Politics

Energy and environment in the Democratic YouTube debate

Lots of good answers

I haven’t watched all of the YouTube/CNN Democratic debate yet. Early reviews are good, and from what I’ve seen it was unusually substantive and spontaneous, but I agree with Josh Marshall that some of the cutesy videos tarnished the dignity of the proceedings a bit. There were three questions on energy and environment. How can we reduce America’s energy consumption? Gravel is loopy; Dodd is solid but kinda boring; Cooper indulges in a silly gotcha. How will we stop global warming? (A silly cartoon? Are you kidding me?) Kucinich goes the hell off. Do you support nuclear power? Edwards knocks …

Lieberman and Warner move closer to climate legislation

But what will it look like?

Sens. Lieberman (I) and Warner (R) are, as you may know, attempting to put together a global warming bill that can get through the Senate. They’re picking bits and pieces from all the other bills floating around. A hearing on Wed. Tues., with testimony from a variety of big money types, should reveal something about how they plan to play it. Here’s what E&E has to say (sub. rqd): Lieberman and Warner are a little more than three weeks into talks on a compromise climate package that would establish a cap-and-trade system covering most sectors of the U.S. economy. The …

The future is solar; politics is ethanol

Hillary pays tribute to Iowa politics

This is (bitterly) funny: As Sen. Hillary Rodham Clinton climbed onto a makeshift stage at the Iowa State Fairgrounds and embraced motor fuel from corn as a key to America’s future, she completed a turnabout from being an ethanol opponent, a position she held only two years ago. … Political observers view her about-face as a political necessity, saying Iowa’s first-in-the-nation’s caucuses — in which residents of the country’s biggest corn-producing state vote their choice for presidential nominee — makes it politically risky to avoid kneeling at the altar of ethanol-from-corn. This seems like a good place to tout Robert …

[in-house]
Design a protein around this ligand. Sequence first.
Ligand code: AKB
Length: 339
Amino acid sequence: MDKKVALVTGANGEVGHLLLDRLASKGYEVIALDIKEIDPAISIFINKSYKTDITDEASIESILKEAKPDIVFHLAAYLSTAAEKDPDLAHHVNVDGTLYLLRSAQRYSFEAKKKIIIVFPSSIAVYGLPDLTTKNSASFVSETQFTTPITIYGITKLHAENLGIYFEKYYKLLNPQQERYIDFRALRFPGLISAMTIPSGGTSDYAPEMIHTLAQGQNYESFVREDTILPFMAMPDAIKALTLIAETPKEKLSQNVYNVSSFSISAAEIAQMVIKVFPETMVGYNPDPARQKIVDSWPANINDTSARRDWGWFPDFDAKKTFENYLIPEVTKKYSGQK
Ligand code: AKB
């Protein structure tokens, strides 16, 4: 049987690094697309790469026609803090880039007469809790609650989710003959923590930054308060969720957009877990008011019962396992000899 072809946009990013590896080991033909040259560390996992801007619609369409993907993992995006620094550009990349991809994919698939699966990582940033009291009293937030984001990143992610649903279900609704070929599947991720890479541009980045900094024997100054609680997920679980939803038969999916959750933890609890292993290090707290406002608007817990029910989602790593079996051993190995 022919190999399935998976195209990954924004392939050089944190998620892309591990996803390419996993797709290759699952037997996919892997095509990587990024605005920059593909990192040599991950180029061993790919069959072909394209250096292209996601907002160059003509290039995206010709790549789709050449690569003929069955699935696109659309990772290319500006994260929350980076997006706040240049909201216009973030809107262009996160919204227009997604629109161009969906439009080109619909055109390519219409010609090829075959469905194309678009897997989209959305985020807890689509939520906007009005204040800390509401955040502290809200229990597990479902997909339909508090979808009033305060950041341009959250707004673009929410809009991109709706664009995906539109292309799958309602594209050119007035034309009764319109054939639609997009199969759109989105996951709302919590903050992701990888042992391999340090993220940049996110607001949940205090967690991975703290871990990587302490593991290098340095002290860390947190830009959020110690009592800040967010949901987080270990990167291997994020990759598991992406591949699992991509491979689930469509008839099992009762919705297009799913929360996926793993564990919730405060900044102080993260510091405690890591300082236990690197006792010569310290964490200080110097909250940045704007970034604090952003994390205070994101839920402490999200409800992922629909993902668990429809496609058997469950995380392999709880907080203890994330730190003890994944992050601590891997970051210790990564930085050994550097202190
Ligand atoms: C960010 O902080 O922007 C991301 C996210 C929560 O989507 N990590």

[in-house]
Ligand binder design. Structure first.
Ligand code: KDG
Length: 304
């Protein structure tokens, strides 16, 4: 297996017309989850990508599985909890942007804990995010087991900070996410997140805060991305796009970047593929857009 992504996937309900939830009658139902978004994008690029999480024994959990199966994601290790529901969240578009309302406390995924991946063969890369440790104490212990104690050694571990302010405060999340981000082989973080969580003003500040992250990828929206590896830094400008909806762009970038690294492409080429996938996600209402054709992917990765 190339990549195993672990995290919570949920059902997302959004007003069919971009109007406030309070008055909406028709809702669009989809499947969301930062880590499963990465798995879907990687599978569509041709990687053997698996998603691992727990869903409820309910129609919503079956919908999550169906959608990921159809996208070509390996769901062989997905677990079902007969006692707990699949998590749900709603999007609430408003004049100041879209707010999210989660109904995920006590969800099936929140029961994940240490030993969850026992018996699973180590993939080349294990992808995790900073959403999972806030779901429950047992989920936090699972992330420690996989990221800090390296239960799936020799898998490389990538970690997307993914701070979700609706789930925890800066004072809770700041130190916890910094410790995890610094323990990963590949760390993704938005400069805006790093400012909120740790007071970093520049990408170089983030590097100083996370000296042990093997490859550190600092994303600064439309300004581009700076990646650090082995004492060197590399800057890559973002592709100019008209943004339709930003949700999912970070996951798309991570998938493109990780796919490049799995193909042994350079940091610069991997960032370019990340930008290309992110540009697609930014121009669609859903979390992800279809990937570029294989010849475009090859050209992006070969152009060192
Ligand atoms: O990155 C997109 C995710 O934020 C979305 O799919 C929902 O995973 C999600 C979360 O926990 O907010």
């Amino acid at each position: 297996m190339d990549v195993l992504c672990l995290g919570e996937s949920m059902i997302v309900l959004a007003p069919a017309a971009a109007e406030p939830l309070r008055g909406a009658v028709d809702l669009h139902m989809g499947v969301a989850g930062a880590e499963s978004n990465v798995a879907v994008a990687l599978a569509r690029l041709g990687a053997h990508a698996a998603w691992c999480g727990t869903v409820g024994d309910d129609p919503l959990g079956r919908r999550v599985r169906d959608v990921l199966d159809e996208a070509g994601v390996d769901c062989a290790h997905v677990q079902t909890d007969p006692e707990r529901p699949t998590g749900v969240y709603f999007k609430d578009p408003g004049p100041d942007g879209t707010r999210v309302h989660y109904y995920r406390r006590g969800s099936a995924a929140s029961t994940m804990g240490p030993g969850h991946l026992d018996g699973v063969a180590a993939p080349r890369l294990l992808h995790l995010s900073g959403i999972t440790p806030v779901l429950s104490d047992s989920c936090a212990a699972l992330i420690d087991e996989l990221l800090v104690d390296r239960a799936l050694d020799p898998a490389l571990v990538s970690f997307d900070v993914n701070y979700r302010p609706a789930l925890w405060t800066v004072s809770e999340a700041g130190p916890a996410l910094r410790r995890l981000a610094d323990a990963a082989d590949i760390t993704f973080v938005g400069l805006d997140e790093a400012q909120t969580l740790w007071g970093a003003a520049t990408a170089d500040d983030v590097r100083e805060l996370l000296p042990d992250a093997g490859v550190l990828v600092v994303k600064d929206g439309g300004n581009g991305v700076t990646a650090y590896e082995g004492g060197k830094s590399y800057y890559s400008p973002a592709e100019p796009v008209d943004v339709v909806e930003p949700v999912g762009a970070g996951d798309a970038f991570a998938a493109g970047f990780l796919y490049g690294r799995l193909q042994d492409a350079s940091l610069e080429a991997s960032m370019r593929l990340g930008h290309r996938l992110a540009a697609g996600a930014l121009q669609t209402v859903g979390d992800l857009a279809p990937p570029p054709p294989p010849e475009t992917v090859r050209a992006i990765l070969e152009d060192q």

Make me change my ways

Individuals support policies they don’t live by voluntarily

Over at the New Yorker, James Surowiecki draws our attention to this oddity: The curious fact is that many people buying three-ton Suburbans for that arduous two-mile trip to the supermarket also want Congress to pass laws making it harder to buy Suburbans at all. This is, he notes, not an isolated phenomenon: individuals often support policies that will force them to make different choices — choices they’re not willing to make of their own volition. Furthermore, this is not irrational behavior. Oftentimes an individual decision will confer competitive advantage, but the collective result of those individual decisions is deleterious. …

Dear Nancy Pelosi: Deliver us a better Farm Bill

Now’s the time to speak up

Can an Armani-clad gal from the big city be the champion of the good farmer? After giving two thumbs up to the House Agriculture Committee's farm bill last Thursday, Rep. Nancy Pelosi's rise to rural populist hero-status seems as likely as old Bessie having twins. Said Pelosi: ... the bill represents a critical first step toward reform by eliminating payments to millionaires, closing loopholes that permit evasion of payment limits, and promoting our nation's family farmers. But Pelosi still has a chance to emerge as the defender of real farm bill reform. And why shouldn't she? After all, the farm bill is about food and taking care of the land. It impacts all of us whether you live in Schuyler, Nebraska or San Francisco.

Even more guidance

Resources for the Future has put together yet another comprehensive guide to current climate legislation, if the other guides aren’t working for you. This one comes in two forms: either a convenient comparison grid (PDF), or a timeline of emission reduction targets (PDF). Compare away.

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